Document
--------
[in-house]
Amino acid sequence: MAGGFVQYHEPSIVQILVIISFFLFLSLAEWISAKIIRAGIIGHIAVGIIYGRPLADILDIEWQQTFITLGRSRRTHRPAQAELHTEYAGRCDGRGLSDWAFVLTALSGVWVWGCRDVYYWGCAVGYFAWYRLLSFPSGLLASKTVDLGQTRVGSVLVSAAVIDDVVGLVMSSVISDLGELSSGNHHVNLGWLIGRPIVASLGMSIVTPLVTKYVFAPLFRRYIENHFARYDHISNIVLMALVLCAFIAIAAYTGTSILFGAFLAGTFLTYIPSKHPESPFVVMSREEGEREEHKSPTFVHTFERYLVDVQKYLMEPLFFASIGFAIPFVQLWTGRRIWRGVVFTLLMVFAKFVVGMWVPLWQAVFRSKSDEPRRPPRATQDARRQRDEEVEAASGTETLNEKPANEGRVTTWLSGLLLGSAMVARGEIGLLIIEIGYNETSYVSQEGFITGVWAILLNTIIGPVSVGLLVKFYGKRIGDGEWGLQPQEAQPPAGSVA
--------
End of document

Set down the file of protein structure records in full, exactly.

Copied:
[in-house]
Amino acid sequence: MAGGFVQYHEPSIVQILVIISFFLFLSLAEWISAKIIRAGIIGHIAVGIIYGRPLADILDIEWQQTFITLGRSRRTHRPAQAELHTEYAGRCDGRGLSDWAFVLTALSGVWVWGCRDVYYWGCAVGYFAWYRLLSFPSGLLASKTVDLGQTRVGSVLVSAAVIDDVVGLVMSSVISDLGELSSGNHHVNLGWLIGRPIVASLGMSIVTPLVTKYVFAPLFRRYIENHFARYDHISNIVLMALVLCAFIAIAAYTGTSILFGAFLAGTFLTYIPSKHPESPFVVMSREEGEREEHKSPTFVHTFERYLVDVQKYLMEPLFFASIGFAIPFVQLWTGRRIWRGVVFTLLMVFAKFVVGMWVPLWQAVFRSKSDEPRRPPRATQDARRQRDEEVEAASGTETLNEKPANEGRVTTWLSGLLLGSAMVARGEIGLLIIEIGYNETSYVSQEGFITGVWAILLNTIIGPVSVGLLVKFYGKRIGDGEWGLQPQEAQPPAGSVA